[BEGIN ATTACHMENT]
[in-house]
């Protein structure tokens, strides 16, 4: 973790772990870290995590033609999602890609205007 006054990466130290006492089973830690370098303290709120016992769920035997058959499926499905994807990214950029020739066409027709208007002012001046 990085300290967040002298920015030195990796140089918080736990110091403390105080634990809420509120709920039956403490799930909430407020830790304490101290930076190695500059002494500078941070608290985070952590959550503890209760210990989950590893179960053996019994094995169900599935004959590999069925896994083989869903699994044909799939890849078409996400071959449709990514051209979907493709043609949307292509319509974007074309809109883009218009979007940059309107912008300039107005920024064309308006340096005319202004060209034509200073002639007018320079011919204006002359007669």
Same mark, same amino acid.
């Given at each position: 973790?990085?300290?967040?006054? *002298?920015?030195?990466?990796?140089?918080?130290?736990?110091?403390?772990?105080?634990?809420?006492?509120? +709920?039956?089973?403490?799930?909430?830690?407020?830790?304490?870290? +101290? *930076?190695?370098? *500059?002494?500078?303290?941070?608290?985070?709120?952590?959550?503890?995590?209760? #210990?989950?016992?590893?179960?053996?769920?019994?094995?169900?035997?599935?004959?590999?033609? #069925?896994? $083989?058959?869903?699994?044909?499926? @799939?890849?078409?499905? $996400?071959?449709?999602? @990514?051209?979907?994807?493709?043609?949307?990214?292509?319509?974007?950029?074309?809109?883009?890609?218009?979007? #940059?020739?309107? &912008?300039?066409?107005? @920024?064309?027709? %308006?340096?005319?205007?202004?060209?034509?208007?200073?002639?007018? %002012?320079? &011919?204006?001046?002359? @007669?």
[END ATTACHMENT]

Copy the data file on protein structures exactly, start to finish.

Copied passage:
[in-house]
């Protein structure tokens, strides 16, 4: 973790772990870290995590033609999602890609205007 006054990466130290006492089973830690370098303290709120016992769920035997058959499926499905994807990214950029020739066409027709208007002012001046 990085300290967040002298920015030195990796140089918080736990110091403390105080634990809420509120709920039956403490799930909430407020830790304490101290930076190695500059002494500078941070608290985070952590959550503890209760210990989950590893179960053996019994094995169900599935004959590999069925896994083989869903699994044909799939890849078409996400071959449709990514051209979907493709043609949307292509319509974007074309809109883009218009979007940059309107912008300039107005920024064309308006340096005319202004060209034509200073002639007018320079011919204006002359007669």
Same mark, same amino acid.
């Given at each position: 973790?990085?300290?967040?006054? *002298?920015?030195?990466?990796?140089?918080?130290?736990?110091?403390?772990?105080?634990?809420?006492?509120? +709920?039956?089973?403490?799930?909430?830690?407020?830790?304490?870290? +101290? *930076?190695?370098? *500059?002494?500078?303290?941070?608290?985070?709120?952590?959550?503890?995590?209760? #210990?989950?016992?590893?179960?053996?769920?019994?094995?169900?035997?599935?004959?590999?033609? #069925?896994? $083989?058959?869903?699994?044909?499926? @799939?890849?078409?499905? $996400?071959?449709?999602? @990514?051209?979907?994807?493709?043609?949307?990214?292509?319509?974007?950029?074309?809109?883009?890609?218009?979007? #940059?020739?309107? &912008?300039?066409?107005? @920024?064309?027709? %308006?340096?005319?205007?202004?060209?034509?208007?200073?002639?007018? %002012?320079? &011919?204006?001046?002359? @007669?």